University of New Mexico

Armstrong, Henry (1912-1988)

Vignette Type: 
People
History Type: 
African American History

 

Image Ownership: Public Domain

Henry Jackson Jr., better known as Henry Armstrong, was born on December 12, 1912, in Columbus, Mississippi to a sharecropper of black, Indian and Irish descent, and a mother who was a full-blooded Iroquois Indian. At age four his family moved to St. Louis, where he was raised by his grandmother and father after his mother died. It was on the streets of St. Louis that young Henry learned to defend himself from gangs and first displayed a natural affinity for fighting.

While Henry dreamed of going to college to become a doctor he was forced to become the head of the household at the young age of 18 when his father’s health deteriorated and he was no longer able to work. Turning to boxing, Henry failed to qualify for the upcoming Olympics, and began his professional boxing career in 1931 under the name of Melody Jackson. He later adopted the last name of a friend, and changed his last name to Armstrong.

Sources: 
www.henryarmstrong.net; www.hbhof.com/armstrong.htm; http://coxscorner.tripod.com/armstrong.html; Bert Sugar, 1982 ‘100 Years of Boxing’, 2002 Ring Magazine Annual (Vol. 2).
Contributor: 
Affiliation: 
Independent Historian

Williams, Sidney (1942- )

Vignette Type: 
People
History Type: 
African American History in the West
Ambassador Sidney Williams and His Wife,
Congresswoman Maxine Waters
"Image Ownership: Public Domain"
Sources: 
Carla Hall, “Sidney Williams’ Unusual Route to Ambassador Post,” Los Angeles Times (February 6, 1994); State Department report in the Congressional Record at http://www.gpo.gov/fdsys/pkg/CREC-1994-02-08/html/CREC-1994-02-08-pt1-PgS39.htm; U.S Department of State, Office of the Historian, http://history.state.gov/departmenthistory/people/williams-sidney.
Contributor: 
Affiliation: 
San Diego State University

Coleman, Wanda Evans (1946-2013)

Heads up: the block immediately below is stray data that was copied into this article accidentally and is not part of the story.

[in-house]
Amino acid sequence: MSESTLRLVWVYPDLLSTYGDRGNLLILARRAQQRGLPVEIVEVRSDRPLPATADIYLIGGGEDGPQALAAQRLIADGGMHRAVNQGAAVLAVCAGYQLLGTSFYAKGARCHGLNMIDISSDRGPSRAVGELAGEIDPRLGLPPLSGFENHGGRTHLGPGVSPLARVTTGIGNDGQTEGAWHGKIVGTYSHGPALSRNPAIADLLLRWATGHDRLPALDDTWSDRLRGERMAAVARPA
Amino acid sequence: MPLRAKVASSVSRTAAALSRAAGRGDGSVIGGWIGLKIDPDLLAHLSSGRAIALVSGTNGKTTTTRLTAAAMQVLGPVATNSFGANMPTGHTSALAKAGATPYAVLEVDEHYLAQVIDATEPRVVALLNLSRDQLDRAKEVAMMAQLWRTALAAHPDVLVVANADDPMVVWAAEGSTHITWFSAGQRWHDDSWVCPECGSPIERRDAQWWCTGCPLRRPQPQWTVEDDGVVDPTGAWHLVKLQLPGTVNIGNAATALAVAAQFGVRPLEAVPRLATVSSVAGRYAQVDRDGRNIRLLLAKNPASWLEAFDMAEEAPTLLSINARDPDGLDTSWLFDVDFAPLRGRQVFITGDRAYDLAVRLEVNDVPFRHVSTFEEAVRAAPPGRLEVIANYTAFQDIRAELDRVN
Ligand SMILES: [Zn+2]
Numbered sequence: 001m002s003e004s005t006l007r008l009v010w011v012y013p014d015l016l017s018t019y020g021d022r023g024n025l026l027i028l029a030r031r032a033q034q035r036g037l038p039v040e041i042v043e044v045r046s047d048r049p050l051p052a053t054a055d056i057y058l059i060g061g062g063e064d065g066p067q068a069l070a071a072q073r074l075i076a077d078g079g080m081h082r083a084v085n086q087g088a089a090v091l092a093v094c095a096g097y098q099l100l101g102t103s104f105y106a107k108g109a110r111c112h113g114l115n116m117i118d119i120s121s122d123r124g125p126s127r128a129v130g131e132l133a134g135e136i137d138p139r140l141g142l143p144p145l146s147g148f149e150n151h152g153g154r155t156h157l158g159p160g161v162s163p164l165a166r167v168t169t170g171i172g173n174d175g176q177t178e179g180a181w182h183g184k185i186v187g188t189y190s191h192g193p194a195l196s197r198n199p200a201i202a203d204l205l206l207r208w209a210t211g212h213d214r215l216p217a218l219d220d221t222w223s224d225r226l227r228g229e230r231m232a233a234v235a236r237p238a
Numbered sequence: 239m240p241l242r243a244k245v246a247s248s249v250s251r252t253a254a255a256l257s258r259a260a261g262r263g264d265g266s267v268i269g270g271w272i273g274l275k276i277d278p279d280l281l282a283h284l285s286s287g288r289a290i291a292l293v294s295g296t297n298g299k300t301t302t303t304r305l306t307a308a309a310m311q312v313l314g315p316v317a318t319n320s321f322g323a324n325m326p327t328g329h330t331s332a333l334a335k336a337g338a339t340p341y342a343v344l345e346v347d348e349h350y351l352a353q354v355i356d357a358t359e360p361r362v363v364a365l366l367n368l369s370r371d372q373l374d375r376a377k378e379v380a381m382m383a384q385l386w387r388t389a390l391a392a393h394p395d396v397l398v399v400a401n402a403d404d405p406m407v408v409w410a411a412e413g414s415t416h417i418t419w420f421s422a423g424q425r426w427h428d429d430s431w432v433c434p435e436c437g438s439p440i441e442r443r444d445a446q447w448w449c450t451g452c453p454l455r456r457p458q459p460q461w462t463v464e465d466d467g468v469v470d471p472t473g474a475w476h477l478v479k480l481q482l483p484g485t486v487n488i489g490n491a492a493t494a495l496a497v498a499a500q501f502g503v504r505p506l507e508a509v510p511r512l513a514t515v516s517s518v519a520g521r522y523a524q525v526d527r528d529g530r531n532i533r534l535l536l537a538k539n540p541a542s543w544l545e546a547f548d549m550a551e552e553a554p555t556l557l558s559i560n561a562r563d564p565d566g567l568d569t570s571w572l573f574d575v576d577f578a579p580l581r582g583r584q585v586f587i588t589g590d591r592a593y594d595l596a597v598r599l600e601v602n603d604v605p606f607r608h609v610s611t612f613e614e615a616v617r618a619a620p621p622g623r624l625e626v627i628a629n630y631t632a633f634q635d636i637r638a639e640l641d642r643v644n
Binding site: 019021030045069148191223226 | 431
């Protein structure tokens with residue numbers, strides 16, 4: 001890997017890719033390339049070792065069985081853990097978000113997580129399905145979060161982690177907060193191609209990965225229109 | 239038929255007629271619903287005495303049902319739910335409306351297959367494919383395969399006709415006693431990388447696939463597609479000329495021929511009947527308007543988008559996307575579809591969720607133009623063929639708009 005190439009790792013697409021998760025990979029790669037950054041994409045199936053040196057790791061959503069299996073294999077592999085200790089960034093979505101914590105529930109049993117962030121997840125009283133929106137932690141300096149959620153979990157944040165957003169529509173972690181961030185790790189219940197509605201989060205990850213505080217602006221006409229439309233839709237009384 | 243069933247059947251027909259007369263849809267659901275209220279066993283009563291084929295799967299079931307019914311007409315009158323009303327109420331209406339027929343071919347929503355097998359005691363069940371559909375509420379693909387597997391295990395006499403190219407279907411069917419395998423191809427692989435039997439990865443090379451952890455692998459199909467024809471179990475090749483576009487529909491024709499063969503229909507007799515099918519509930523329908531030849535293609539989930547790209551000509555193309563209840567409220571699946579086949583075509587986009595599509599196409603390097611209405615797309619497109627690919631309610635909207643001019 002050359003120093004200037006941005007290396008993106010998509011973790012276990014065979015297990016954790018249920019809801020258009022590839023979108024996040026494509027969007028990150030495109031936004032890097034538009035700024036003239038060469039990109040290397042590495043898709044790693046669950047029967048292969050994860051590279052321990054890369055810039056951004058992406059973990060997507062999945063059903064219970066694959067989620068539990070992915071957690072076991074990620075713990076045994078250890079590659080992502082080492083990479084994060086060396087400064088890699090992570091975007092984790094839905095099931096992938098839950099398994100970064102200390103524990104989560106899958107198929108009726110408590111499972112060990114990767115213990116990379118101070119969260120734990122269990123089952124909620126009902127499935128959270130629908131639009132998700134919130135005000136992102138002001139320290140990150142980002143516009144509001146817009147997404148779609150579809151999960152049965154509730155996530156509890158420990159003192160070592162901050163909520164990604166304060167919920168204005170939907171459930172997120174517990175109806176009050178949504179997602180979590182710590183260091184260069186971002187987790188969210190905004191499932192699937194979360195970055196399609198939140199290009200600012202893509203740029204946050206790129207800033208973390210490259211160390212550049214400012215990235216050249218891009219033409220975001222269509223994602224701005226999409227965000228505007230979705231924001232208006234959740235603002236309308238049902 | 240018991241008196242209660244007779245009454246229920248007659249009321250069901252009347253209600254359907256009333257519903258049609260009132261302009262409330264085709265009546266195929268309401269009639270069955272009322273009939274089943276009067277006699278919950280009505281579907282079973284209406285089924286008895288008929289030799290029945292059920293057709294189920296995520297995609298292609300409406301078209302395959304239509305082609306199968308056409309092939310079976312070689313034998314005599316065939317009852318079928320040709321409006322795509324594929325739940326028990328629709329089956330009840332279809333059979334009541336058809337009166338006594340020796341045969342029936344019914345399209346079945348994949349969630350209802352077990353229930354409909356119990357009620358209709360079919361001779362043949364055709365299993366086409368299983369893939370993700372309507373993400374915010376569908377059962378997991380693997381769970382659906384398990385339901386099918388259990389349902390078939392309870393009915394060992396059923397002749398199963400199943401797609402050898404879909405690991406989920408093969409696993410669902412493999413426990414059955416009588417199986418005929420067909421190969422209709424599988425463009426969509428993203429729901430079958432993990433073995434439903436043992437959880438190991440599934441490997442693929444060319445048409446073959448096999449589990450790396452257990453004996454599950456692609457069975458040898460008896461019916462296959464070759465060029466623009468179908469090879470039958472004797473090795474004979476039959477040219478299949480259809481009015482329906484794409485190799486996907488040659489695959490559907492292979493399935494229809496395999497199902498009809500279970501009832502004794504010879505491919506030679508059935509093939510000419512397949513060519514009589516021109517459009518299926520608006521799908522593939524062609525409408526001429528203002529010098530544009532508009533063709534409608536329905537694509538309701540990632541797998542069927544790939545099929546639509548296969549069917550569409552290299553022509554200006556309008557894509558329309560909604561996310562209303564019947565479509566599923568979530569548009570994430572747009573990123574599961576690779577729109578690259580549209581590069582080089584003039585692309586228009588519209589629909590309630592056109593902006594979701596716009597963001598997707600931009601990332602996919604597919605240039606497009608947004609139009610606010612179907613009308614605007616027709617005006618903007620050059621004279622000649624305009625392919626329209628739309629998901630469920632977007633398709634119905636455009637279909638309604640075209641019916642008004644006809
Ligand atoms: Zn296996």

Vignette Type: 
People
History Type: 
African American History in the West
Image Ownership: Public Domain"
Wanda Evans Coleman was an American poet and writer who won critical acclaim for her avant-garde work, but remained relatively unknown to a broader audience. Her 30 year literary career included a myriad of poetry and fiction publications.

Born and raised in the Watts section of Los Angeles, California on November 13, 1946, Coleman was the daughter of George and Lewana (Scott) Evans. Her father was an ex-boxer and long-time friend and sparring partner of Light Heavyweight Champion Archie Moore.  He also ran a sign shop during the day and worked the graveyard shift as a janitor at RCA Victor Records. Her mother worked as a seamstress and as a housekeeper for Ronald Reagan, among other celebrities.

When she was 13, her first poem was published in a local newspaper. As teenagers she and her brother worked for their father in his home-based publishing company, an experience that prepared her for a career as a freelance writer.
Sources: 
Priscilla Ann Brown and Wanda Coleman, "What Saves Us: An Interview with Wanda Coleman," retrieved from http://www.jstor.org/stable/3300711 (2003); Justin D. Gifford, Wanda Coleman, Emory “Butch” Holmes II, “Harvard in Hell”: Holloway House Publishing Company, Players Magazine, and the Invention of Black Mass-Market Erotica (2010), Poetry Foundation, Wanda Coleman biography, retrieved from, http://www.poetryfoundation.org/bio/wanda-coleman (2015); Elaine Woo, "Wanda Coleman dies at 67; Watts native, L.A.'s unofficial poet laureate," Los Angeles Times.com, http://articles.latimes.com/2013/nov/23/local/la-me-wanda-coleman-20131124-1; Wanda Coleman, The Riot Inside Me: More Trials & Tremors (New Hampshire: Black Sparrow Books, 2005).
Contributor: 
Affiliation: 
Independent Historian

Langford, Sam (1886-1956)

Vignette Type: 
People
History Type: 
Global African History

 

Image Courtesy of Clay Moyle